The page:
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TIOS101: TIOS101 operating voltage

Prodigy 90 points

Replies: 1

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Part Number: TIOS101

I'd like to use the TIOS101 in a 24V-48V application.

The datasheet shows an absolute max rating on VCC and OUT of 55V, but a recommended max of only 36V.  What is the reason for the wide difference in absolute vs recommended?  Is it because of the internal LDO dissipating too much heat at >36V?  And if so, does that mean I can use the version without the internal LDO safely and continuously at 48V?  Or are there other components that also don't like >36V?

Ben

  • Hi Ben,

    Thank you for your question and interest in this device.

    First, I will point out that last year the absolute max voltage was increased from 55V to 60V.  We did some additional testing and were able to increase this limit.  The current version of the datasheet has this value and if you have an older version of the datasheet, I wanted to point out there is a newer one.  Sometimes your browser will use a cached version instead of displaying the new one, so if you can't view the updated one, you may need to clean out your browser's cache to get the new one.

    But to the source of your question, the device was designed, characterized, and guaranteed for operation with a maximum supply voltage of 36V.  The device will not break if a higher voltage less than the absolute maximum is used, but the parameters cannot be guaranteed.  And yes, one of the predominant factors is the excess heating that results from using a higher voltage.  The device has a thermal shutdown feature to protect itself and I would not recommend disabling the current limit monitoring feature that will disable the output in an event of an over current condition that could cause damage to the device if it overheats.  With the larger voltage, more current and heat will result from the residual voltage drop through the reverse blocking diodes and transistors.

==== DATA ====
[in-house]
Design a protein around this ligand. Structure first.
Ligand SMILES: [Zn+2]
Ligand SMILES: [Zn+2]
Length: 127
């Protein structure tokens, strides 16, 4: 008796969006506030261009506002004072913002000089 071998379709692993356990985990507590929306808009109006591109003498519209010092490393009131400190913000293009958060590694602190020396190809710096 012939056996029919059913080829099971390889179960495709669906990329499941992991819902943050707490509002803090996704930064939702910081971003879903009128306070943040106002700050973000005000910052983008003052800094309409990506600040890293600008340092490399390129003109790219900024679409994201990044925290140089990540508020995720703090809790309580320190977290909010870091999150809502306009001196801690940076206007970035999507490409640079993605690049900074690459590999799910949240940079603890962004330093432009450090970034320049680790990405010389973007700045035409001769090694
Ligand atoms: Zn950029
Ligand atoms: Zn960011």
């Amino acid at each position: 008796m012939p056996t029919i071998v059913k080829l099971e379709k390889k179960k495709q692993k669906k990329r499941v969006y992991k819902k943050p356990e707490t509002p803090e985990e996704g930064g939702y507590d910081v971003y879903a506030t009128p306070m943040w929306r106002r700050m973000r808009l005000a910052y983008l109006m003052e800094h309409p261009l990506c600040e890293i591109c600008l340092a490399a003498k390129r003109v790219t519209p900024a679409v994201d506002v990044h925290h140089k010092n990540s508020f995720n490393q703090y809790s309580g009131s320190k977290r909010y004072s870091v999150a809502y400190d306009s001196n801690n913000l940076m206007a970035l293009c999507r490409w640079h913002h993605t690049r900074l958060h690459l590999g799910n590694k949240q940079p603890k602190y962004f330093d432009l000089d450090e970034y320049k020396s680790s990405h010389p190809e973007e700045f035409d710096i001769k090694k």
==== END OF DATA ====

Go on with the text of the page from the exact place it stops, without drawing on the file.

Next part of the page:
One of the primary reasons for the large absolute max voltage levels compared with the maximum recommended operating voltage is the need to protect the device from damage that results in the overshoot and kickback voltages generated from various inductive and capacitive loads.  For example, if there was a large inductor or Relay connected to the OUT pin.  Even if the supply voltage is only a typical 24V, the kickback voltage when the inductor is demagnetizing will be very large and could cause damage to the device.  The TIOS101 does have some ability to clamp this voltage to a tolerable range and prevent damage, but generally speaking, these types of applications is why the device was designed to survive some larger voltages, even though this is not an endorsement to operate at a static higher voltage condition.

    I hope this helps answer your question.

    Regards,

    Jonathan

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